The Center for Thoracic Oncology at Boston Medical Center is, first and foremost, here to serve you and your family. We are a team of dedicated specialists whose common goal is to treat your cancer and lead you on the path to recovery in as comfortable a way as possible. You will be treated in state-of-the-art facilities using a multidisciplinary approach. Our staff of compassionate diagnosticians, surgeons, physician assistants, nurse practitioners, and surgical nurses work collaboratively to provide you with the most advanced and effective medical treatment in New England—as well as unmatched patient care.
Sometimes lung cancer blocks the airways or presses on them and makes breathing difficult. Stent placement is one way to improve breathing ability and ease pain and discomfort. Stents are small tubes—usually made of mesh or metal—that are inserted into the airway to allow oxygen to flow through freely again. Typically, an endoscope, an instrument that allows us to view your throat and lung area, is used to thread an expandable metal stent to the appropriate lung area. Once in place, it is released, pushing the airway walls open. Stents can be used to treat obstructions in other types of cancer (such as esophageal cancer), as well as in arteries to facilitate blood flow.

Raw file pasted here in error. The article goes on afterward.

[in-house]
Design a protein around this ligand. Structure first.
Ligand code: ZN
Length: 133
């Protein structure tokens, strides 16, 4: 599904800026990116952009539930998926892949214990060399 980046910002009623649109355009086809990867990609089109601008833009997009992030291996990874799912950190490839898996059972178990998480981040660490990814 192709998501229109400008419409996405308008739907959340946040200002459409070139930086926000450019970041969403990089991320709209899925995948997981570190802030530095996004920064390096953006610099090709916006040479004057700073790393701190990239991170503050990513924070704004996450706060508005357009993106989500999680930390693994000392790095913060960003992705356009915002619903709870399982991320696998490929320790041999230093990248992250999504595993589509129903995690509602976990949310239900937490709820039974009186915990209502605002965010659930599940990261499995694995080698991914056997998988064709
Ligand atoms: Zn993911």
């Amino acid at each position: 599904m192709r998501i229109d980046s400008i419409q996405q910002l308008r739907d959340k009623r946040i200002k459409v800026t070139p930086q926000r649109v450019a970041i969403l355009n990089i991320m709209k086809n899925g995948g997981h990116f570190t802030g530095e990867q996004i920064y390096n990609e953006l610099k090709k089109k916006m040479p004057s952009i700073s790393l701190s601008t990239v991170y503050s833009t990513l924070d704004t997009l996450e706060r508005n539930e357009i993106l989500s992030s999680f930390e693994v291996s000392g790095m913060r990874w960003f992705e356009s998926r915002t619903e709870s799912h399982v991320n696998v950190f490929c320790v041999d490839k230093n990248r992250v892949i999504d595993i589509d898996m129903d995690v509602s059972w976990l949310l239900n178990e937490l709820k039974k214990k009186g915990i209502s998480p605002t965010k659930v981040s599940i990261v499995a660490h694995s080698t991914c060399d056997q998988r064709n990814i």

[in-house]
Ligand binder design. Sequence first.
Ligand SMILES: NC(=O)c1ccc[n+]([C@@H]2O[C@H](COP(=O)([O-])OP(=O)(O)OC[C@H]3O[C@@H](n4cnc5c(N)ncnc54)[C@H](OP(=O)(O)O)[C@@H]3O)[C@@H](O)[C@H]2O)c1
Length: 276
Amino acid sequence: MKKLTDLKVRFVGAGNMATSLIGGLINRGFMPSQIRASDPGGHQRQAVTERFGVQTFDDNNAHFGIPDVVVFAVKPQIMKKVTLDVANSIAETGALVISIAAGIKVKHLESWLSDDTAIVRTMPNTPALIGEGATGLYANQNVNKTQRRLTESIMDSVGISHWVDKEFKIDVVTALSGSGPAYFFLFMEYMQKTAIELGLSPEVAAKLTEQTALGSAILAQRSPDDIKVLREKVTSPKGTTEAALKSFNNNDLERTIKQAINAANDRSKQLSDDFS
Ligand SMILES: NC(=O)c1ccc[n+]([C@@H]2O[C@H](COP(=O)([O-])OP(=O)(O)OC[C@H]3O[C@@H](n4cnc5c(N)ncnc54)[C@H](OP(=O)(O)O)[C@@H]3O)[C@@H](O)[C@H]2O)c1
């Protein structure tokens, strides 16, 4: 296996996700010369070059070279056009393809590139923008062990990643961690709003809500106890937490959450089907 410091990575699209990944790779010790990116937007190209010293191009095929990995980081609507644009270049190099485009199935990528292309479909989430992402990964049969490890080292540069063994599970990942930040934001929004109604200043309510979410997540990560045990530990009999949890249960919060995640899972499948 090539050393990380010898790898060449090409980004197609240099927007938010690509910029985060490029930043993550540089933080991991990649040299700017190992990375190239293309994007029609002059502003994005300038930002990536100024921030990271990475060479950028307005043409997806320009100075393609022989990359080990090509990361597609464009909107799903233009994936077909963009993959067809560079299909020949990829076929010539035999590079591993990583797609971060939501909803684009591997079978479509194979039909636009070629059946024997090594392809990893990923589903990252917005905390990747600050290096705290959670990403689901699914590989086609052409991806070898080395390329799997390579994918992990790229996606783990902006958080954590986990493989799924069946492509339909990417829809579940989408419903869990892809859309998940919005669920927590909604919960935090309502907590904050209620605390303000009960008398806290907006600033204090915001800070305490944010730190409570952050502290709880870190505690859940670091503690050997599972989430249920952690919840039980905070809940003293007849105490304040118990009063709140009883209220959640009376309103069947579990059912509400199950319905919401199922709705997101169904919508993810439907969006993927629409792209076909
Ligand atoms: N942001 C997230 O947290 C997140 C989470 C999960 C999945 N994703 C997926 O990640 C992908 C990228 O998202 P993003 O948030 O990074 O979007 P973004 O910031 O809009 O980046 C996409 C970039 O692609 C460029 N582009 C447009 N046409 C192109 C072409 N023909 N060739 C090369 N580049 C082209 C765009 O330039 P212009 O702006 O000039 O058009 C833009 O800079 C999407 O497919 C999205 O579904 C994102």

How to Prepare
Preparation is rarely extensive, but it is important to follow your physician's instructions prior to your procedure. Stent placement can be performed using local or general anesthesia, depending on your situation; general anesthesia may require you to avoid food and drink after midnight on the day before your procedure. Please also arrange for someone to drive you home.
What to Expect
You will be monitored carefully throughout this procedure. Once the anesthesiologist has numbed the area or put you to sleep, your surgeon will insert the endoscope through your nose or mouth or through a surgical incision. A folded-up stent is advanced to the appropriate area and released. It expands automatically against the walls of the airway, thereby providing support. Once it is in place, the endoscope is removed.
Stent placement requires minimal recovery and is typically an outpatient procedure; usually you will spend some time in the recovery room to wake up fully. Spend the remainder of the day resting, and by the following day you should be able to return to normal activities.
If you notice any of these signs of infection or other symptoms that concern you, please call your doctor.